Today we assessed our 20th candidate for position of senior developer, using a small test that I drafted some time ago. Since then I’ve spoken about how the test was dumbed down since one of the questions was perceived as being too difficult. The assessment consists of three questions, which I’ve dubbed Fibonacci, Quicksort and University. I’ve already discussed two of the questions, namely Quicksort and University.
Although not an earth-shattering sample, 20 is a number that we can start to draw pretty graphs with, so I’ve included a summary of the results alongside.
We can speculate about what it tells us:
- There’s something wrong with University; nobody has come up with a satisfactory answer;
- In the case of Fibonacci, there’s something wrong with the candidates; only five people have come up with a satisfactory answer.
Ok, my second conclusion above is possibly a little harsh. I think it’s a little harsh, because upon inspection by others, it’s elicited use of some power words like “mathlete” and “math-wiz”.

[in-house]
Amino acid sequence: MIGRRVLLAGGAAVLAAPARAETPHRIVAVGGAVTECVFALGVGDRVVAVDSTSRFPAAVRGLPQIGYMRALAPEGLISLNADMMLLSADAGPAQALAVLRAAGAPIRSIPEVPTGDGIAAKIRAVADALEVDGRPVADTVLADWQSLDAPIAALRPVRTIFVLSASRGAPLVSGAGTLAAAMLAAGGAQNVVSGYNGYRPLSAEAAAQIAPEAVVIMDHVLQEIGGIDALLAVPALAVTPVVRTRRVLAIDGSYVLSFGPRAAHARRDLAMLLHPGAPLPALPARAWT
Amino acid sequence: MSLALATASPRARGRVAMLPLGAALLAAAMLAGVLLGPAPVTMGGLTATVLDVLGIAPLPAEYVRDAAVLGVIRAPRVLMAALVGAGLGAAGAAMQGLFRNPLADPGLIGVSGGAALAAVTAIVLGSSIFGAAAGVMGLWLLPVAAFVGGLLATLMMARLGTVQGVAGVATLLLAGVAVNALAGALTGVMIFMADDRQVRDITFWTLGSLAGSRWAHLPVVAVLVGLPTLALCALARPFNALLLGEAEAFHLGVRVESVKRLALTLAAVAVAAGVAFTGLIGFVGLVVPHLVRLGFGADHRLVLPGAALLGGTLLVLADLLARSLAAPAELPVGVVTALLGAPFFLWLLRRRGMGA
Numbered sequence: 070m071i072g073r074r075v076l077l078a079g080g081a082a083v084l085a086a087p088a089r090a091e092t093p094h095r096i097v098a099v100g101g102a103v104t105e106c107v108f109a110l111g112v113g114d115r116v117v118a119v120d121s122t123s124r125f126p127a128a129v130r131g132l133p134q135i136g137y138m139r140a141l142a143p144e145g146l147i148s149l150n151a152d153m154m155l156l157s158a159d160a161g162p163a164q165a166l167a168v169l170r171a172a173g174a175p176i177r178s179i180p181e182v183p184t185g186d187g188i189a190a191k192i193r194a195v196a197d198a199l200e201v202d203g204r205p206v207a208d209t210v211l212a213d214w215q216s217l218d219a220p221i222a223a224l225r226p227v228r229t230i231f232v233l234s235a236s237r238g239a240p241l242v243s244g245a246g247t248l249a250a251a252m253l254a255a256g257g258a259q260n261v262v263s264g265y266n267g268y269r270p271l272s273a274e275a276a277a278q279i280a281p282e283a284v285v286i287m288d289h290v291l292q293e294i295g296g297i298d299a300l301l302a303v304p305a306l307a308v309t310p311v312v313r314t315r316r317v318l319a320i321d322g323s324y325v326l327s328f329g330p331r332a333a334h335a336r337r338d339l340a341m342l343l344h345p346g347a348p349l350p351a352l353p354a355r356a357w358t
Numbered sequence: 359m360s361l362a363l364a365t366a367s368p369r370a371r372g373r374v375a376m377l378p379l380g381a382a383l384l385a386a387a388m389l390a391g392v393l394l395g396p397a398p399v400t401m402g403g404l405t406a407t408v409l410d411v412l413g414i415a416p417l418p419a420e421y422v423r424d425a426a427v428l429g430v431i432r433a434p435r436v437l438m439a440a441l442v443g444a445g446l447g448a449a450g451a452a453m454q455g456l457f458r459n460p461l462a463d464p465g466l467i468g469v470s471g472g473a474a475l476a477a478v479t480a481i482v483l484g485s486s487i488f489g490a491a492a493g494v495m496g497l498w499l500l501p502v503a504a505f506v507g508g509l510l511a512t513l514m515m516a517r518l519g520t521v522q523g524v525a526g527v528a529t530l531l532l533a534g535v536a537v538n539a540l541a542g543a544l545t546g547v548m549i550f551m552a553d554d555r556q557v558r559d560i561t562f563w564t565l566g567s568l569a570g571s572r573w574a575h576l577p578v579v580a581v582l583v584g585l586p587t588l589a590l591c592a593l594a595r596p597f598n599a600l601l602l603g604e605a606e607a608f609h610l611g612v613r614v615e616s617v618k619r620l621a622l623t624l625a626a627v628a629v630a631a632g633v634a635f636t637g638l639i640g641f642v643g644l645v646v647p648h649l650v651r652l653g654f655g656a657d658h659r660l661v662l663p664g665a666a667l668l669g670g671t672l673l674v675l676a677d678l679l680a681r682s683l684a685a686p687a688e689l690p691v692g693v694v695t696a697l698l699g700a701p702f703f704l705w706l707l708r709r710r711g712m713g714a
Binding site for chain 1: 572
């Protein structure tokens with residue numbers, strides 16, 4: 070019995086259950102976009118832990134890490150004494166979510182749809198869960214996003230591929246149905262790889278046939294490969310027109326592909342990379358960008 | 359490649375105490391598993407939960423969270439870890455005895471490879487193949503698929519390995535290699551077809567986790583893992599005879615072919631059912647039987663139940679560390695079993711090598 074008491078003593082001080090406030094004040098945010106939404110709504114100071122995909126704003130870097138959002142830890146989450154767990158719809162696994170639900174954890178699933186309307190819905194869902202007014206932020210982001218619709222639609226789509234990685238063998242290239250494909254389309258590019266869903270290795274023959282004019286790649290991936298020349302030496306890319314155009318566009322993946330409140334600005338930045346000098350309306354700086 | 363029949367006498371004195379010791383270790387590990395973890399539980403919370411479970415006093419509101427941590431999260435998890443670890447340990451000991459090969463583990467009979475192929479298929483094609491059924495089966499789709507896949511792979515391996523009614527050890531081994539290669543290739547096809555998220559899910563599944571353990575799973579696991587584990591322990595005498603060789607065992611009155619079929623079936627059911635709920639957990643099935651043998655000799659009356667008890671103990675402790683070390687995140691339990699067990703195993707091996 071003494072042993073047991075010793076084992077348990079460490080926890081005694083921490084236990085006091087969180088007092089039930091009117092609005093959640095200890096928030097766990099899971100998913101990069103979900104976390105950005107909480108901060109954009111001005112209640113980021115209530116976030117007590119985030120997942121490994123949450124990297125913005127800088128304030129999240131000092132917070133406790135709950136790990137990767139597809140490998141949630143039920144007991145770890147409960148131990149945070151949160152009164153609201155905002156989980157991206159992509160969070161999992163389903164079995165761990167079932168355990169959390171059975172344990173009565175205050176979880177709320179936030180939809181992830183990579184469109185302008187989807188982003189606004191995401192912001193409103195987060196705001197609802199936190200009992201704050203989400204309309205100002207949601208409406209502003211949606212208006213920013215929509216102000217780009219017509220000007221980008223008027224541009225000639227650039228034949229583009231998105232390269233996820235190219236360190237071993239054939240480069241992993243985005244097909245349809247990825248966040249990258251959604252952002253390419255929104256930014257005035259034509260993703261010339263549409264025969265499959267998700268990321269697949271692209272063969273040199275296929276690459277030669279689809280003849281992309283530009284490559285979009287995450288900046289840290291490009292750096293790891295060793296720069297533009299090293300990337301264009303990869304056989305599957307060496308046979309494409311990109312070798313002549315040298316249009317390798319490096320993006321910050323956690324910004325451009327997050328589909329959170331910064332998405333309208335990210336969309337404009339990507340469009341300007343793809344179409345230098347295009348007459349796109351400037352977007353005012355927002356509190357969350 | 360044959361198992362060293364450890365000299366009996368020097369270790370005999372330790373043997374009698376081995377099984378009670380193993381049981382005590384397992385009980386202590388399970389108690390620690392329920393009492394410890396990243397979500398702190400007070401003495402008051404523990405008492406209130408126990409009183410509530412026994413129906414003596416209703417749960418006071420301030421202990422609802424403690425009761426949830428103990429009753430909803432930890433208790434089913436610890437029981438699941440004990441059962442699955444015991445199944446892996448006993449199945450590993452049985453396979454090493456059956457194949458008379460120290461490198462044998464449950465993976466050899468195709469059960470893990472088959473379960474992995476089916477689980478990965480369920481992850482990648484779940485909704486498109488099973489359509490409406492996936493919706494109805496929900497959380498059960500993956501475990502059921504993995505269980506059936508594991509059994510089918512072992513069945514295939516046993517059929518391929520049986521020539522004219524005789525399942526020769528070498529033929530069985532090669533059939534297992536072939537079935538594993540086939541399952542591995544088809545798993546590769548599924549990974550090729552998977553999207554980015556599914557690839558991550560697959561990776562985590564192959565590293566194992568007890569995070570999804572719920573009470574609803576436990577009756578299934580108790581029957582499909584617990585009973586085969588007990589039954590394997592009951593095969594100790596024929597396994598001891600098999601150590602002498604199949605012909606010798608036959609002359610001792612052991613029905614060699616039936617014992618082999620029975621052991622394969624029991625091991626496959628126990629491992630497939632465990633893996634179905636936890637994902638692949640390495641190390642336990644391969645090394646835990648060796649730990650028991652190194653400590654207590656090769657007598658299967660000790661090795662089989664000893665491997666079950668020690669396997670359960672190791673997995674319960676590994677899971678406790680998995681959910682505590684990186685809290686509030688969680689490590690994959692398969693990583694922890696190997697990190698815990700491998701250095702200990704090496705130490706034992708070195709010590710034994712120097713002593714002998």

Now Fibonacci is the only question that I haven’t posted for all to see, mostly because I thought it was too simplistic and therefore quite uninteresting. Given these results though, I’ve been prompted to reword it completely. I mean, if only math-wiz’s have what it takes to do it then I can’t make any assumptions about the background that a candidate may have in the arithmeticmaths department.
What follows is the version of Fibonacci as it was up until now:
I’ve taken great pains to remove anything that may constitute an implicit (read “unfair”) assumption about mathematical background and I’ve reworded the question to provide a lot more hand-holding for the candidate. This should also help in offsetting the nervousness factor.
Here’s my updated version: